Human remains discovered in Lake Mead in October have been identified as a 39-year-old man who is believed to have drowned in the reservoir nearly five decades ago, officials announced Tuesday.
Medical examiners determined the remains belong to Donald Smith, a Las Vegas resident who reportedly drowned in April 1974, the Clark County Office of the Coroner/Medical Examiner said in a release.
“The identification was based on DNA analysis and reports from the original incident,” the release said. “The cause and manner of Mr. Smith’s death was determined to be drowning and accidental.
Smith’s remains were uncovered after a diver came across a human bone in Lake Mead’s National Recreation Area’s Callville Bay on October 17, prompting a search by a park dive team that uncovered more skeletal remains.
Smith’s remains were at least the sixth discovery of human remains at the reservoir in the past year as a prolonged, excruciating drought across the American West has driven Lake Mead’s water levels to record lows and caused its shoreline to recede rapidly.
The dropping shoreline has also revealed handfuls of previously submerged boats, a historic World War II-era vessel and one of the reservoir’s original water intake valves. Though a recent spate of rain and snow across the West have modestly raised the lake level, experts say the incremental improvement will have little long-term impact on the dire water crisis the West is facing.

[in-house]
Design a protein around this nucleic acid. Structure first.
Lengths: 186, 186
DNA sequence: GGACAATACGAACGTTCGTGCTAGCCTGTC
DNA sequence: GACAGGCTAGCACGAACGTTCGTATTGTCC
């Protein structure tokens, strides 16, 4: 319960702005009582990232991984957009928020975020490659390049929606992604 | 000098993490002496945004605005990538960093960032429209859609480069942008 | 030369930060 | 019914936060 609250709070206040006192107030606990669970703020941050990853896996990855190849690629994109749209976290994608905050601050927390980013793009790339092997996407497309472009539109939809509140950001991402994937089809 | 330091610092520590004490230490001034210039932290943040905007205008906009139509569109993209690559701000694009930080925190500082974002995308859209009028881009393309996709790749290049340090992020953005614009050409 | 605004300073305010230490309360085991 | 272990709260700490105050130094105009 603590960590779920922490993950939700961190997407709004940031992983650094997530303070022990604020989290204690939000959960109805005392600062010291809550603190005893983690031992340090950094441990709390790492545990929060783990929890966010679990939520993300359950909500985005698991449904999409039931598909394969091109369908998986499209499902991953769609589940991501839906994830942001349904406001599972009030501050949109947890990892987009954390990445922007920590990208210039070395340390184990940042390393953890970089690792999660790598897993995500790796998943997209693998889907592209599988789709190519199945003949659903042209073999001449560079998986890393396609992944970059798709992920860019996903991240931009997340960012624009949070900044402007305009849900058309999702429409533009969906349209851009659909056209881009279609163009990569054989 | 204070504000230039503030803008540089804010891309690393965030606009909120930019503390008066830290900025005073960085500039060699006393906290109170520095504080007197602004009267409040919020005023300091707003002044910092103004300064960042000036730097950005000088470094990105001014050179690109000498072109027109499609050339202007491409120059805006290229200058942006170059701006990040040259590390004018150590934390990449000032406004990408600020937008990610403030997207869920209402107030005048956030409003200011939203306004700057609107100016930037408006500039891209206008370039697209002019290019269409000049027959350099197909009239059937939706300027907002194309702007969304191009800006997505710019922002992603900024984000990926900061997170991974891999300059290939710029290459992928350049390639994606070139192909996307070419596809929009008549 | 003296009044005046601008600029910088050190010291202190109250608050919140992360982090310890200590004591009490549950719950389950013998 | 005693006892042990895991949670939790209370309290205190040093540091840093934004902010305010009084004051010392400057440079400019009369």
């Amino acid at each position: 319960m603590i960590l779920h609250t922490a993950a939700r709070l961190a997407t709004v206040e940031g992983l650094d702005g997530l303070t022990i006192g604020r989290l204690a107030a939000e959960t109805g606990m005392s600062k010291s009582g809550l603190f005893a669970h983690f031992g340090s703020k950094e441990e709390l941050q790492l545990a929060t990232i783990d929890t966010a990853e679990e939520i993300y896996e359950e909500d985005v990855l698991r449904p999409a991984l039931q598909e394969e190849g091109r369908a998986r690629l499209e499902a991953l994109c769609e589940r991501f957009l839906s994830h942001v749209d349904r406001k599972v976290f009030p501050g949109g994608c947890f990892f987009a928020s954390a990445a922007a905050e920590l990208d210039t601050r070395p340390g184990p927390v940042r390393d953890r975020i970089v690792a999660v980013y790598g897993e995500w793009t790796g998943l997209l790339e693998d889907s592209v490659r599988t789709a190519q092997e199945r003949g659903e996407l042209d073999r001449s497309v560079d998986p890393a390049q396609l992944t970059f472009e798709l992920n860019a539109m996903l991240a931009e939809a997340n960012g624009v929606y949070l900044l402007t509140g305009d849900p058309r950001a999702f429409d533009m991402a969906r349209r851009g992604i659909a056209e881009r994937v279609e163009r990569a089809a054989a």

Medical examiners have been working to determine the identities and causes of death of the other remains discovered at the reservoir so far.
One set, found near the Callville Bay area on May 7, 2022, has been identified as 42-year-old Thomas Erndt, Clark County officials said. Erndt’s family said he drowned while going for a late-night swim as the family was boating on the lake with friends.
The other remains, however, have yet to be identified.
That includes three sets of partial remains found in August and July along the shoreline of the lake’s popular Boulder Beach that all belong to one person, according to the coroner’s office.
It also includes the first set found on May 1, tucked inside an eroded barrel with an obvious gunshot wound. Investigators say the body belongs to a homicide victim who was likely killed and put in the lake in the mid-70’s to early 80’s.
But without identification of the victim, investigators are extremely limited, Lt. Jason Johansson of the Las Vegas Metropolitan Police homicide unit told CNN last year. As more time passes, he said, the chances of finding witnesses and potential suspects narrows.
“If you think about what the age of who your witnesses or anybody related to this case would be, many of them are getting older every day. And they’re at an age where you have to worry, are they even alive? And so I would say that’s probably our biggest concern right now,” Johansson said.